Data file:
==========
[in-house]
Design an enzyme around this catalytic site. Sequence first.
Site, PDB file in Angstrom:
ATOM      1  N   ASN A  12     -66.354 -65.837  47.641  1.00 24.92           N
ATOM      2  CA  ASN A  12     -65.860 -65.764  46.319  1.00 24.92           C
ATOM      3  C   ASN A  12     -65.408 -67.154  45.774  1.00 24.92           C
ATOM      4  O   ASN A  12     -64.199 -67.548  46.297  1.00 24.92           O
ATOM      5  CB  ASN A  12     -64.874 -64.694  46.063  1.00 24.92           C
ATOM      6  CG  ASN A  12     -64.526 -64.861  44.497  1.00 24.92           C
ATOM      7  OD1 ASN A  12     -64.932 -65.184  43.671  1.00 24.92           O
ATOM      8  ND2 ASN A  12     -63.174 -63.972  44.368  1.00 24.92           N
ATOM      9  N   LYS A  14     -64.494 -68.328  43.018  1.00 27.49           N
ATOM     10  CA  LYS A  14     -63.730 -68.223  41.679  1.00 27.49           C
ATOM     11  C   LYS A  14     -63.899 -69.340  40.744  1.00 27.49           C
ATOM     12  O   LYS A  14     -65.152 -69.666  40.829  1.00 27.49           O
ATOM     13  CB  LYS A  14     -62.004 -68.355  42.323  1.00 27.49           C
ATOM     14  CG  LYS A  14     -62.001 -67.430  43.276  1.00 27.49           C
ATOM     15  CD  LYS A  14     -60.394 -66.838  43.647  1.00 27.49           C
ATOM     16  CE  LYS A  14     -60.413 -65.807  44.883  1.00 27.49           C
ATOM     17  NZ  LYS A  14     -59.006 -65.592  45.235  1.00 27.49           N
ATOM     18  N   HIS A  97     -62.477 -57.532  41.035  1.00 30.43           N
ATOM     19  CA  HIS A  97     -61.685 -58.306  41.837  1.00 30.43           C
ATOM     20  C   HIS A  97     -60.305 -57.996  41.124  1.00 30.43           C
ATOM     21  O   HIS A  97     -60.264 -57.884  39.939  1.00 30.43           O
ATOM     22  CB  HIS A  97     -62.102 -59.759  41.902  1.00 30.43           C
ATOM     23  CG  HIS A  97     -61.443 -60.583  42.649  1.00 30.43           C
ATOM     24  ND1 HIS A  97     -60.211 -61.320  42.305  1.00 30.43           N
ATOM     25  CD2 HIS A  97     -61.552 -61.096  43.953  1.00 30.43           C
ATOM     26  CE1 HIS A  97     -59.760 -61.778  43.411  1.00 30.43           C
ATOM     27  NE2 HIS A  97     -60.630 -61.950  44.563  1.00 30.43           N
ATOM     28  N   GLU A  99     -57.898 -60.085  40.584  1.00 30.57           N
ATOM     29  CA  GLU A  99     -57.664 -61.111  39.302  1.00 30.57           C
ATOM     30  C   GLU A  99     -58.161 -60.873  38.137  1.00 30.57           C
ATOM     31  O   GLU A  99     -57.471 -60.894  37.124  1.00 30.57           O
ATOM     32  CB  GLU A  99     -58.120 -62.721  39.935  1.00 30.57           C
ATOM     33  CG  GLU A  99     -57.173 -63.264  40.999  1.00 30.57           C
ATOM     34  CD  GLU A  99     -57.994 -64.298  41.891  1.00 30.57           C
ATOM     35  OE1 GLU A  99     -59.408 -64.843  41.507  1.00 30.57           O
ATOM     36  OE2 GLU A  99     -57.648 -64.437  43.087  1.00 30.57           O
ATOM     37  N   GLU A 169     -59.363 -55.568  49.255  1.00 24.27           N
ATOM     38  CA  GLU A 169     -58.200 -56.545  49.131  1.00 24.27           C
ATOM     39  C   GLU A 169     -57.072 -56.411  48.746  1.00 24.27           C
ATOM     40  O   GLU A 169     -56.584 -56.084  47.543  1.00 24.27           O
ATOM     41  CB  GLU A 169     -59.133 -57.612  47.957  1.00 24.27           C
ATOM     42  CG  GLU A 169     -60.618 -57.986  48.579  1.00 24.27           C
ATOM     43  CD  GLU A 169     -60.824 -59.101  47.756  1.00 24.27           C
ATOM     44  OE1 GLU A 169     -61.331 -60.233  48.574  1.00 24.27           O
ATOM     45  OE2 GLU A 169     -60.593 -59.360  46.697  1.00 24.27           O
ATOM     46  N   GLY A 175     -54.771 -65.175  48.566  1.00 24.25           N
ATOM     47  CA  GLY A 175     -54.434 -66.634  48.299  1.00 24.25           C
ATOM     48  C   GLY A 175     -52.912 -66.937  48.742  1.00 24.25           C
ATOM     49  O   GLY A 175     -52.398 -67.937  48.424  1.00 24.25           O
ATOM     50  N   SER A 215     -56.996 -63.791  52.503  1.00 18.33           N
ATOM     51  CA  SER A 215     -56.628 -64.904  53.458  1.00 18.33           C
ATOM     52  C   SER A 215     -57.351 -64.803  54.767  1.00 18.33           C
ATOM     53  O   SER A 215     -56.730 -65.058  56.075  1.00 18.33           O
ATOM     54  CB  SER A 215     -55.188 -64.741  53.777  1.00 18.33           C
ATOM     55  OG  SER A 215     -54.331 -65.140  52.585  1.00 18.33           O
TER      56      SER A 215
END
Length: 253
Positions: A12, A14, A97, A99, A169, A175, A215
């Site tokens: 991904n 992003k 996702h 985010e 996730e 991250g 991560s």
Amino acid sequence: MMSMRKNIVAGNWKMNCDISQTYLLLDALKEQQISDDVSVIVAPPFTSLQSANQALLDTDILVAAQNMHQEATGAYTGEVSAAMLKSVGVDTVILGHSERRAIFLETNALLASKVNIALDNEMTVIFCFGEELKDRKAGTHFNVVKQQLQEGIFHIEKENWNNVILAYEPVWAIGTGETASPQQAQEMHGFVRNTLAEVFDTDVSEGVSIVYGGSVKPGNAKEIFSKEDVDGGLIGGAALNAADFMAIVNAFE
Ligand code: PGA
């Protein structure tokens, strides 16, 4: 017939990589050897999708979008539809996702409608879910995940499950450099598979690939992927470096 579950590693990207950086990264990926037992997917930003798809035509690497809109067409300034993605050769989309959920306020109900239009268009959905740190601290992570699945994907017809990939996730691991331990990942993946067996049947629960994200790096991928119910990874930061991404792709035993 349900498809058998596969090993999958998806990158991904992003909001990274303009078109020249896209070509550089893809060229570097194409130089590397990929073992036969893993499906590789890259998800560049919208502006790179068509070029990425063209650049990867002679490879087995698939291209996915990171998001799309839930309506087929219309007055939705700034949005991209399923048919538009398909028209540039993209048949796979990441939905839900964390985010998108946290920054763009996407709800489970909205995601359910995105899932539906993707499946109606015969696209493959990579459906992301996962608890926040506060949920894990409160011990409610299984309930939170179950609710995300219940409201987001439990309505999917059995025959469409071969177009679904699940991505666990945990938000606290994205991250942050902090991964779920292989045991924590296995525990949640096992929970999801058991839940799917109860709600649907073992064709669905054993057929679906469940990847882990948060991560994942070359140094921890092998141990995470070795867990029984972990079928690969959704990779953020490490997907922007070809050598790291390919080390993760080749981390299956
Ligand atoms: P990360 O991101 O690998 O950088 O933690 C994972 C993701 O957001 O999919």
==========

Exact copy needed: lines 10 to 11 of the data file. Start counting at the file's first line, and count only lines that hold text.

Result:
ATOM      7  OD1 ASN A  12     -64.932 -65.184  43.671  1.00 24.92           O
ATOM      8  ND2 ASN A  12     -63.174 -63.972  44.368  1.00 24.92           N